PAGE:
Maryland players leaped and yelled, spilling from the dugout and gathering around home plate waiting for their last teammate to join them.
Nick Lorusso finally reached the crowd after a long trot around the bases. Few teams had stymied the Terps’ offense like Nebraska had. Maryland needed an answer.
Its third baseman provided it.
With two strikes and two outs in the tenth, Lorusso boomed a ball to left field. The Terps were previously victim to a park that seemed to keep every hit inside its walls throughout the night as several Maryland sluggers flew out to the deepest parts of Charles Schwab Field.
But Lorusso’s blast cleared the fence and won his squad the game, 2-1. When he met the rest of his team at home, anxious to erupt in celebration, the festivities began.
Lorusso’s late-inning heroics have become common in Maryland’s recent games. The latest edition pushed the Terps to their first Big Ten tournament semifinal in six years, erasing a history of conference tournament struggles with one swing.
Maryland will take on either the Cornhuskers or Michigan State in the semifinals Saturday.
Two runs were all that were required to close out a second consecutive narrow victory thanks to another stellar outing from Terps pitchers — a group that has flipped into a strength in recent games after being a weakness entering the postseason.
The Maryland bullpen tossed 3 ⅔ scoreless frames in Thursday’s victory after finishing 8 ⅓ one-run innings Tuesday. Nigel Belgrave entered first and threw one pitch before a 93 minute weather delay. On the other side of the stoppage, David Falco Jr. continued what’s been his best stretch of the season.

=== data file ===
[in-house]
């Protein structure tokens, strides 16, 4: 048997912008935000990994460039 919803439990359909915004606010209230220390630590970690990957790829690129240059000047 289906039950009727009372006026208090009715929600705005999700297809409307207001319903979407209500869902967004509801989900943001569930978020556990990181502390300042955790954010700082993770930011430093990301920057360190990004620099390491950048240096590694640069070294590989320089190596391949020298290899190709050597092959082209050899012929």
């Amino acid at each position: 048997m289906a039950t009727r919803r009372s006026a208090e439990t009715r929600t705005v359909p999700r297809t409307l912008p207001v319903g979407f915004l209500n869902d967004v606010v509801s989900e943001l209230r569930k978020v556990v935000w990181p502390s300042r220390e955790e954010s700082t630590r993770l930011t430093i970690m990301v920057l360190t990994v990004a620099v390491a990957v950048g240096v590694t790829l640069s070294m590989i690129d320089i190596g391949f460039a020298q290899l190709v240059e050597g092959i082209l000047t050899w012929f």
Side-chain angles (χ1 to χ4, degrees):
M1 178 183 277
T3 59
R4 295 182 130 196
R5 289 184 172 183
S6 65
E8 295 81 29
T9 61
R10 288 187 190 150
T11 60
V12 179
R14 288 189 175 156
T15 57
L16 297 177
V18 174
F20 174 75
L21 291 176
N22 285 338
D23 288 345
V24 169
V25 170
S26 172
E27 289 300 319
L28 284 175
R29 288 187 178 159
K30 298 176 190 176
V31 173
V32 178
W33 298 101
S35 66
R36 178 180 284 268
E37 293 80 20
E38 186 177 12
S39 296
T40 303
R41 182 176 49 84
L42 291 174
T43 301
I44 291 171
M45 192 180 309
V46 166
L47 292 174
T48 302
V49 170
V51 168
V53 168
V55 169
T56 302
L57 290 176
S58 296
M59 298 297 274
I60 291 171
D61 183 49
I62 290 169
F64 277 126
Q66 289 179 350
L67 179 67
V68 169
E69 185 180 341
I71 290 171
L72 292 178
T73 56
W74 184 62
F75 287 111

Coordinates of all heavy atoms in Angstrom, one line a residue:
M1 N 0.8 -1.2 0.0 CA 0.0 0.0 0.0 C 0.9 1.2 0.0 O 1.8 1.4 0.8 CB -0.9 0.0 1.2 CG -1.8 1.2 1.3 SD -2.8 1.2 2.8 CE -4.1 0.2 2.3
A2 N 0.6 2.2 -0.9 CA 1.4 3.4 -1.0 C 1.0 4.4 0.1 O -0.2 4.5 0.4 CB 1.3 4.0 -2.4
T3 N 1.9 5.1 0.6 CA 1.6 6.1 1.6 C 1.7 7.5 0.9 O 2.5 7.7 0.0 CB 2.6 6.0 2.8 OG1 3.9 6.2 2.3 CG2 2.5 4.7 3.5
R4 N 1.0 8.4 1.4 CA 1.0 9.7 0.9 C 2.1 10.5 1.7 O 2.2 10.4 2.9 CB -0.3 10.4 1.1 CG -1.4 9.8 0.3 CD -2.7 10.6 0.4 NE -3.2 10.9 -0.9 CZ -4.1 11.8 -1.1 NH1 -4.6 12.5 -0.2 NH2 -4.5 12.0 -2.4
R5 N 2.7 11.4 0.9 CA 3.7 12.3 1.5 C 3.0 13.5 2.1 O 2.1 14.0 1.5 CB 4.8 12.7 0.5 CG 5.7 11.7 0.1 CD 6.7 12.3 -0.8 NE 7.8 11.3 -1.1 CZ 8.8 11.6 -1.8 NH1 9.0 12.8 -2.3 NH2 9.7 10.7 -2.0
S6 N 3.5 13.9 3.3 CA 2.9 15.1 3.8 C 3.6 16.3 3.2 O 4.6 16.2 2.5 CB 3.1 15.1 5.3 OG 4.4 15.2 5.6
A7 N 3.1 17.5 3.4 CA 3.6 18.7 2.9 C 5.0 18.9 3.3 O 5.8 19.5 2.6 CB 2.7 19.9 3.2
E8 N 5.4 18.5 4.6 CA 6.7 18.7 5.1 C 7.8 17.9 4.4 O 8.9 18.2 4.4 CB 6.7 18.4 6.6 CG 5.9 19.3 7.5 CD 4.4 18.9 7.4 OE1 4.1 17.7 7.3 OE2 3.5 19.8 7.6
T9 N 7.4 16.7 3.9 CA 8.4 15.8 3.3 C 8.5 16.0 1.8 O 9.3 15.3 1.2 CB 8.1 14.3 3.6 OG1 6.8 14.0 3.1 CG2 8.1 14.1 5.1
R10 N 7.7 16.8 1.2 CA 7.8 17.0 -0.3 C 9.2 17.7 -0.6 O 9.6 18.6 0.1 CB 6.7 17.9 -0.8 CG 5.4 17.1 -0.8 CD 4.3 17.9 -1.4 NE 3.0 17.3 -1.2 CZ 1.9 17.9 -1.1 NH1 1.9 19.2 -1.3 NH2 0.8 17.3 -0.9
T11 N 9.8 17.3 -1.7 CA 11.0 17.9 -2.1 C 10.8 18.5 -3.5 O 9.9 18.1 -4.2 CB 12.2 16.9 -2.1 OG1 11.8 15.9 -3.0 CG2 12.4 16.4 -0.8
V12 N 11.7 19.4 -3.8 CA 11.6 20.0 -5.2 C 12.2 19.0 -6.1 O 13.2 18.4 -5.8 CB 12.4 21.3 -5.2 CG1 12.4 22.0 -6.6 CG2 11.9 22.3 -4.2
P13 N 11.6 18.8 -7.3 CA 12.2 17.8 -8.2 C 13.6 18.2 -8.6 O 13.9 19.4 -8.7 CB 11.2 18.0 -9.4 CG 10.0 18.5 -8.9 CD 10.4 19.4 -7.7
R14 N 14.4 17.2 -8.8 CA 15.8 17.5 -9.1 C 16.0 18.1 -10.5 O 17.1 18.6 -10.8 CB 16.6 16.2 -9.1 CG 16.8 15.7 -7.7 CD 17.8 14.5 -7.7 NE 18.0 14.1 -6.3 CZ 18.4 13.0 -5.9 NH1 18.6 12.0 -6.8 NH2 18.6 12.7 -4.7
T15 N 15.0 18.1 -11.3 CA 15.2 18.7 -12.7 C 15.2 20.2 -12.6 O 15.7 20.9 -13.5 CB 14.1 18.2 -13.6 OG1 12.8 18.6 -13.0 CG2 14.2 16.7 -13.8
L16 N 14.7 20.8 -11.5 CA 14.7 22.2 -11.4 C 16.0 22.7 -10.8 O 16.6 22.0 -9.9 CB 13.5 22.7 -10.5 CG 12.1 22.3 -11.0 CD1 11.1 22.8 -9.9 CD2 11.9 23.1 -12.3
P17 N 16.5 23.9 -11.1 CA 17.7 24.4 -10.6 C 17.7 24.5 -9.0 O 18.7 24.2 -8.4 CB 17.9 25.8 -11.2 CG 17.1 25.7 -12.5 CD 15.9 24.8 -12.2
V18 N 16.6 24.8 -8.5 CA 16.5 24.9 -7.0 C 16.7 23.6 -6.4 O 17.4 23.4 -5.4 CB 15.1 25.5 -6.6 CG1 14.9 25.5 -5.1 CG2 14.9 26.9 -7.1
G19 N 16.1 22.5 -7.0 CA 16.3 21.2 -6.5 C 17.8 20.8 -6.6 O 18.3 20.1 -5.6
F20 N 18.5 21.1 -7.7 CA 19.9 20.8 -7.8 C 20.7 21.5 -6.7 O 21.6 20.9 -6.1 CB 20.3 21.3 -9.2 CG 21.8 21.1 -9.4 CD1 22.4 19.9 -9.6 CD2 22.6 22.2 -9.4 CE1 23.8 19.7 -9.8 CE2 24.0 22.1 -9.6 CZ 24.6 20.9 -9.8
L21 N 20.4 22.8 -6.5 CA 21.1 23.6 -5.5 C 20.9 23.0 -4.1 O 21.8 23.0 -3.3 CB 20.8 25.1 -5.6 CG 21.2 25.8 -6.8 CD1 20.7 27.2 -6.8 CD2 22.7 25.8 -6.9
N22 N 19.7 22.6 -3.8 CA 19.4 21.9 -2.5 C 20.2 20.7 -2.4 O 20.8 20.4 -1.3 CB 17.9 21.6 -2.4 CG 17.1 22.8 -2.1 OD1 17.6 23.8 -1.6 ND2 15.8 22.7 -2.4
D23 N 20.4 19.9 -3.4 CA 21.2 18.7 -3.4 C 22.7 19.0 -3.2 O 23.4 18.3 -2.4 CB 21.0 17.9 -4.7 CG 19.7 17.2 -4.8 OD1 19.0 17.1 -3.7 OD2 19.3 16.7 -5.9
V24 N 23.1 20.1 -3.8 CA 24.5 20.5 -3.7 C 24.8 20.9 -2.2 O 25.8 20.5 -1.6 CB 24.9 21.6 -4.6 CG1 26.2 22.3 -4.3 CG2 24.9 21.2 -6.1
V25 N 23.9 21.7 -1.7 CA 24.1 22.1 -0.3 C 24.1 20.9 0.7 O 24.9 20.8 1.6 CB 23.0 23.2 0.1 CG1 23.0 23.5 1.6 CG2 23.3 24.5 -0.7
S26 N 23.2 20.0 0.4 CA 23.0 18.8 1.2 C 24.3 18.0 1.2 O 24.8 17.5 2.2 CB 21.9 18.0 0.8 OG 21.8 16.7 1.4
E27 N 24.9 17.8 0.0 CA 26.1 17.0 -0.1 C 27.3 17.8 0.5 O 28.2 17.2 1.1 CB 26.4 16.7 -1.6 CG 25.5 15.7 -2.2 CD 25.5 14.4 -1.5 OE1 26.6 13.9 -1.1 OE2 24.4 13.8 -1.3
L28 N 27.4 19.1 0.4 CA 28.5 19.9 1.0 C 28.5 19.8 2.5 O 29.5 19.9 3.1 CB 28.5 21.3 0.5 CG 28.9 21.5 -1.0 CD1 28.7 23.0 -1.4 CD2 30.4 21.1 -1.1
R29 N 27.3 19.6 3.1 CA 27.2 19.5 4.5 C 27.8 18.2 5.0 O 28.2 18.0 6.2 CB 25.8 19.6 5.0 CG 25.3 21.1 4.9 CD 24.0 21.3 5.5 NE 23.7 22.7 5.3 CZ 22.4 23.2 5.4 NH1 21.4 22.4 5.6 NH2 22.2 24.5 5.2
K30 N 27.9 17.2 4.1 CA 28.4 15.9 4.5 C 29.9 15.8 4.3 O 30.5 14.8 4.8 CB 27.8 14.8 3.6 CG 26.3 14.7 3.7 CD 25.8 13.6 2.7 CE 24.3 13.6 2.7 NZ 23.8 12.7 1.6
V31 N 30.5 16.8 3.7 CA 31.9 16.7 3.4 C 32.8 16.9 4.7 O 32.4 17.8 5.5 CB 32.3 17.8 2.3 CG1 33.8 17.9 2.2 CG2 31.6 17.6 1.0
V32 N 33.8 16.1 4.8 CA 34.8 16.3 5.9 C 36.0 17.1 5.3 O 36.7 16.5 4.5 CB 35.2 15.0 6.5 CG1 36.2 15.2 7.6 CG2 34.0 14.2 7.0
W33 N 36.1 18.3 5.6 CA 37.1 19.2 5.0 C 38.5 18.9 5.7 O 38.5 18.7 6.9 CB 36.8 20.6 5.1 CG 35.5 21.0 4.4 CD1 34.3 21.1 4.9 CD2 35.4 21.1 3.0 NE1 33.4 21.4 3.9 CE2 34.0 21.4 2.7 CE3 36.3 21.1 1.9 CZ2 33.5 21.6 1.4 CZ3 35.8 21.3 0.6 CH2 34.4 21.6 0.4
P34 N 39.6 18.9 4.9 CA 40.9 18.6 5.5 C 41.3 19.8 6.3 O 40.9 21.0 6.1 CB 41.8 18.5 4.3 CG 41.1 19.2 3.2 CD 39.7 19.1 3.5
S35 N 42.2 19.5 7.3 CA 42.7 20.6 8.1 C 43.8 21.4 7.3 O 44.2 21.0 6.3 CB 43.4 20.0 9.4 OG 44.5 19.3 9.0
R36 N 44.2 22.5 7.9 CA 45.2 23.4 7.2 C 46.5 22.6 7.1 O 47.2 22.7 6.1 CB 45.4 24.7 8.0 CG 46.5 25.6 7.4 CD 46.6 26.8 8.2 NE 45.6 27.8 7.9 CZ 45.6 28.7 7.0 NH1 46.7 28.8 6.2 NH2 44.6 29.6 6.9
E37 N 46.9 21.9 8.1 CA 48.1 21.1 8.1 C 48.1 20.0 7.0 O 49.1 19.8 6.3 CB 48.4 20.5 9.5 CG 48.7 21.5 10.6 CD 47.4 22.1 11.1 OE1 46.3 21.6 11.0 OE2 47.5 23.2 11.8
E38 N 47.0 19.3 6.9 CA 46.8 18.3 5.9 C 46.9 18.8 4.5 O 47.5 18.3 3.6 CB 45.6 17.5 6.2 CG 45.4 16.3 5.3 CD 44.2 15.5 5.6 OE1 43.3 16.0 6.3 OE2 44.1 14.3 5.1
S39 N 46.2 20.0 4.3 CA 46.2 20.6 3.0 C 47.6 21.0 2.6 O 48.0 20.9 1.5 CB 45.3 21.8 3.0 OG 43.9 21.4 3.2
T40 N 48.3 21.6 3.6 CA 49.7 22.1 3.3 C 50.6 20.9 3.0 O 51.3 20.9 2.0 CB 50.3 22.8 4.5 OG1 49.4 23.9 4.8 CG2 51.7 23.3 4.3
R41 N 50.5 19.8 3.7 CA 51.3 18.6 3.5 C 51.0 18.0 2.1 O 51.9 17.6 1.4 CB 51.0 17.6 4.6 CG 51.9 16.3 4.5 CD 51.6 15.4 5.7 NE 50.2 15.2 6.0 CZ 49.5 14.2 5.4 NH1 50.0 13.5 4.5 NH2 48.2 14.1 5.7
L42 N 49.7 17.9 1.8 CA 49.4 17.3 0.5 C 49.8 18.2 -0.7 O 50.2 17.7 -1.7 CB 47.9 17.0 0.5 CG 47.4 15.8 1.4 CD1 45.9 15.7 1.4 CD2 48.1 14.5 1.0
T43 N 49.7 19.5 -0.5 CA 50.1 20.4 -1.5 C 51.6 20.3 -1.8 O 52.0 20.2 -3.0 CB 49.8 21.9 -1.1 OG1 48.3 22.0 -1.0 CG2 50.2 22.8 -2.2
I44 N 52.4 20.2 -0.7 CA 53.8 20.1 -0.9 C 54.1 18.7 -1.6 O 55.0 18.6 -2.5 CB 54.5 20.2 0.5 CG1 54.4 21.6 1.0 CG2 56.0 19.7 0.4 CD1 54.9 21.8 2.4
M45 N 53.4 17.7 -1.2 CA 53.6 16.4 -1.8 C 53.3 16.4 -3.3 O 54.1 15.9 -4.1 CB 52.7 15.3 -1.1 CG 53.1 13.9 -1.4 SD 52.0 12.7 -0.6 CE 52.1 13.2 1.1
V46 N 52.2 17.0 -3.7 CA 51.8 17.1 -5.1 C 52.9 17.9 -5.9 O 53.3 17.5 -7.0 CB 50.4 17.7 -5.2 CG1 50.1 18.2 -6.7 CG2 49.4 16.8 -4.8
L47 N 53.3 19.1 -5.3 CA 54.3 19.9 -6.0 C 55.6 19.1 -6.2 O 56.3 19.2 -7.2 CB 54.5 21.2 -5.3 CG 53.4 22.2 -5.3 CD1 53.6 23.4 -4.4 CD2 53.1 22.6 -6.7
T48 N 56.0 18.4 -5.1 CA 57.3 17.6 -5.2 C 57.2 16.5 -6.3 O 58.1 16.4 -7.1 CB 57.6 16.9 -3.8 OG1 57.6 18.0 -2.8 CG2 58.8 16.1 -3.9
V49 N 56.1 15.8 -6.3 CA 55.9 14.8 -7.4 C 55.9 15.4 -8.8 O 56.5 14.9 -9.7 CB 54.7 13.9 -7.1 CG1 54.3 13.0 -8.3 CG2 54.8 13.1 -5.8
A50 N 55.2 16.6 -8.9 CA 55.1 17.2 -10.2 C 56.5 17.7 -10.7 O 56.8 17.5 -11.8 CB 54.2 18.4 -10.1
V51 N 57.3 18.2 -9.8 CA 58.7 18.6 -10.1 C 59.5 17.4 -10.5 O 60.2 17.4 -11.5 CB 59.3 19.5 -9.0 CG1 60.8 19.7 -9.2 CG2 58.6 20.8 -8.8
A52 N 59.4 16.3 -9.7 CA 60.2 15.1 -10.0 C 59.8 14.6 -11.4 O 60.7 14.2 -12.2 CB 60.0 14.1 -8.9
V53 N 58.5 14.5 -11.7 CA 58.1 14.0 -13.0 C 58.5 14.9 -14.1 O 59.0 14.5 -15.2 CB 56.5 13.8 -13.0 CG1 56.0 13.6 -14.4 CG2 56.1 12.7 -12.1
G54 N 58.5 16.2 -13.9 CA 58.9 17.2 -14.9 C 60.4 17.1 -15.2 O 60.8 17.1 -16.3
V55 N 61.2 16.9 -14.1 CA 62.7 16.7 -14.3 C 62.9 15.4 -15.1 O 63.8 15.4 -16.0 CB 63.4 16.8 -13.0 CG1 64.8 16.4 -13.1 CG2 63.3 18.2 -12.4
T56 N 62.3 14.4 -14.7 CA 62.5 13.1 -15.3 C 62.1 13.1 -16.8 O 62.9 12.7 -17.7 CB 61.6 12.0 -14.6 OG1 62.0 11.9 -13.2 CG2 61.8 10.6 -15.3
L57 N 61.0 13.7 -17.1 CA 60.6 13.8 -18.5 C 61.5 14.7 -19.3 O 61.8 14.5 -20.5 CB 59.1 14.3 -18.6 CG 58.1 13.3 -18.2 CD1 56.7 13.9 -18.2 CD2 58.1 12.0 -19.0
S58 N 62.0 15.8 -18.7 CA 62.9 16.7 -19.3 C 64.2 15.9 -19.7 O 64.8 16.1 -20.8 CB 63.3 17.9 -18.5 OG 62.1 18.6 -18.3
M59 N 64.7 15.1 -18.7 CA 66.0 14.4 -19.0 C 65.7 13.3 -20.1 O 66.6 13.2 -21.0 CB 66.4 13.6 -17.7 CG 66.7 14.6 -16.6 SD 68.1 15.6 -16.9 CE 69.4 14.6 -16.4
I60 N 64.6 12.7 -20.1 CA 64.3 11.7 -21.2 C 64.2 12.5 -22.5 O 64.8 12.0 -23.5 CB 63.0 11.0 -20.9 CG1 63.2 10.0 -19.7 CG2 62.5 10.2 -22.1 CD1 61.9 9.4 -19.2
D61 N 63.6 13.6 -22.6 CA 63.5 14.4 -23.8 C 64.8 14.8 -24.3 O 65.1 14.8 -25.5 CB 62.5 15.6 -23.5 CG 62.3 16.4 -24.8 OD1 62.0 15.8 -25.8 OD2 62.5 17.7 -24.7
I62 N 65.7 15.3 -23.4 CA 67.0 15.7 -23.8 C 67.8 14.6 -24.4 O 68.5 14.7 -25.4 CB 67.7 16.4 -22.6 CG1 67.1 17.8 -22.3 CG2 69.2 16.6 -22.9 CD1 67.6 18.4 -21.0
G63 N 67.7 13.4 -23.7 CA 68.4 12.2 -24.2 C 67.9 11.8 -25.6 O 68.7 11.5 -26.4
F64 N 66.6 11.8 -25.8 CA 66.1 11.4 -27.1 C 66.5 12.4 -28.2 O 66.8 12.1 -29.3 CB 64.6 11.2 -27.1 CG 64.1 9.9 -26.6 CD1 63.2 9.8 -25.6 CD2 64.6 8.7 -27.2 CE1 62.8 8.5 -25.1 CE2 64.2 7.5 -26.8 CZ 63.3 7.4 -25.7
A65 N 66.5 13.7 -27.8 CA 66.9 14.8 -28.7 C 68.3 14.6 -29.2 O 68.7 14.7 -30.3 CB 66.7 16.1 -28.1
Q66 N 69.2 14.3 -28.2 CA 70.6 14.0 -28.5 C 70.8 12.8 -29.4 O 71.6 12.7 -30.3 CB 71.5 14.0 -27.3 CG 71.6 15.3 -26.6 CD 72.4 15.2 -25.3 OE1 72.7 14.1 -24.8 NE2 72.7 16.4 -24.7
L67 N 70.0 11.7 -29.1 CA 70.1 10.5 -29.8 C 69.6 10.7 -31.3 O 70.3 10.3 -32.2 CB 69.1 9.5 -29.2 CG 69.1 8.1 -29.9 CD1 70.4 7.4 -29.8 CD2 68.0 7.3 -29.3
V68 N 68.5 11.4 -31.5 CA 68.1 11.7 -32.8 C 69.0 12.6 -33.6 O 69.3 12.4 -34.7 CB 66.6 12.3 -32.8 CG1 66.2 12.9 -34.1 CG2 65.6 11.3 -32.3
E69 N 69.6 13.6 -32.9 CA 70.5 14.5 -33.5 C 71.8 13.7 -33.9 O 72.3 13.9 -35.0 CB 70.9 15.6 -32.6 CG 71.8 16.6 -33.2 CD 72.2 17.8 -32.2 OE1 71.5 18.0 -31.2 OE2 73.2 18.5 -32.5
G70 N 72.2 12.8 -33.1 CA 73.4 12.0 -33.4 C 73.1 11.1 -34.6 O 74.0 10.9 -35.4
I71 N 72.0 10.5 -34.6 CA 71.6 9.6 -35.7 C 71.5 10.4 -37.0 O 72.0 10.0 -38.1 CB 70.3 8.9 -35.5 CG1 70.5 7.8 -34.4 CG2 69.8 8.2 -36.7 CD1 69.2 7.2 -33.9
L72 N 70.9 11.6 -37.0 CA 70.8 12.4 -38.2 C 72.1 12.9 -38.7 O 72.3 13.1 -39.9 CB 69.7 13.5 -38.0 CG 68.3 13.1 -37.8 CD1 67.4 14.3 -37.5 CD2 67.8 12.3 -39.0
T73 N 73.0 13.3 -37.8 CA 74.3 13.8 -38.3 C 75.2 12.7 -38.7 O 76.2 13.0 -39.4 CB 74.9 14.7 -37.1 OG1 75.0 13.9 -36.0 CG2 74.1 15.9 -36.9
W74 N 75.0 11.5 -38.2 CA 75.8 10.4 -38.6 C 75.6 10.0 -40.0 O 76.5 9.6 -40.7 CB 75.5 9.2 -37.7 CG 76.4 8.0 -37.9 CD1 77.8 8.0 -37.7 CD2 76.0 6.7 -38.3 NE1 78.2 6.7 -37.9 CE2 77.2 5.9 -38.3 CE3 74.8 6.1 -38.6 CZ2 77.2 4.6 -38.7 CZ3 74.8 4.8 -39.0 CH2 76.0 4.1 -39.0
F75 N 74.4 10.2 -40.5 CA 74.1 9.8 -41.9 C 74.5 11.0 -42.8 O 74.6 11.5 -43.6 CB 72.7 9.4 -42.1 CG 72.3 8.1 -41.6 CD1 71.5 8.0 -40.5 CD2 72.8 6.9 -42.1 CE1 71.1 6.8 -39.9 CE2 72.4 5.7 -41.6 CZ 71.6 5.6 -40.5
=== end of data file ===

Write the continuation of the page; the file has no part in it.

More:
Falco tossed 2 ⅔ scoreless frames in the win, locking down the seventh, eighth and ninth innings. He ended every frame with a swinging punchout, punctuating each one with an enthusiastic roar. Jason Savacool was next, pitching a hitless tenth in only his second career relief appearance.
Before the relievers closed Maryland’s win, Nick Dean kept Nebraska quiet. Dean has been battling through forearm tightness for nearly a month, pitched into the seventh inning for the first time since April and finished at 104 pitches, one shy of his season high.
His changeup, as it often is, was masterful. The right-hander collected three of his five strikeouts on the pitch and forced even more swings and misses. The offering, which crosses the plate over 10 miles per hour slower than his fastball, consistently fooled hitters as it dropped sharply out of the zone away from left handed hitters and inside to righties.
Two hits and two walks were the only blemishes on Dean. He rebounded from a shaky first two frames — in which he allowed his only run — to allow just three baserunners after the second inning.
Inefficiencies have kept Dean from working deep into recent starts. He allowed seven hits in each of his last two starts and five homers over his last four outings. But he’s now strung together two consecutive starts without allowing a long ball and the two hits he allowed Thursday marked his lowest since April 1.
His performance helped the Terps overcome a sluggish offensive performance before Lorusso’s blast. The opposite scenario was true through most of the regular season where one of the nation’s best offenses carried Maryland and often had to mask pitching inconsistencies.
That explosive offense has yet to show so far in the postseason.
Instead, pitching has been why Maryland has opened the Big Ten tournament with a pair of tight wins and is playing in its first conference tournament semifinal in the Rob Vaughn era.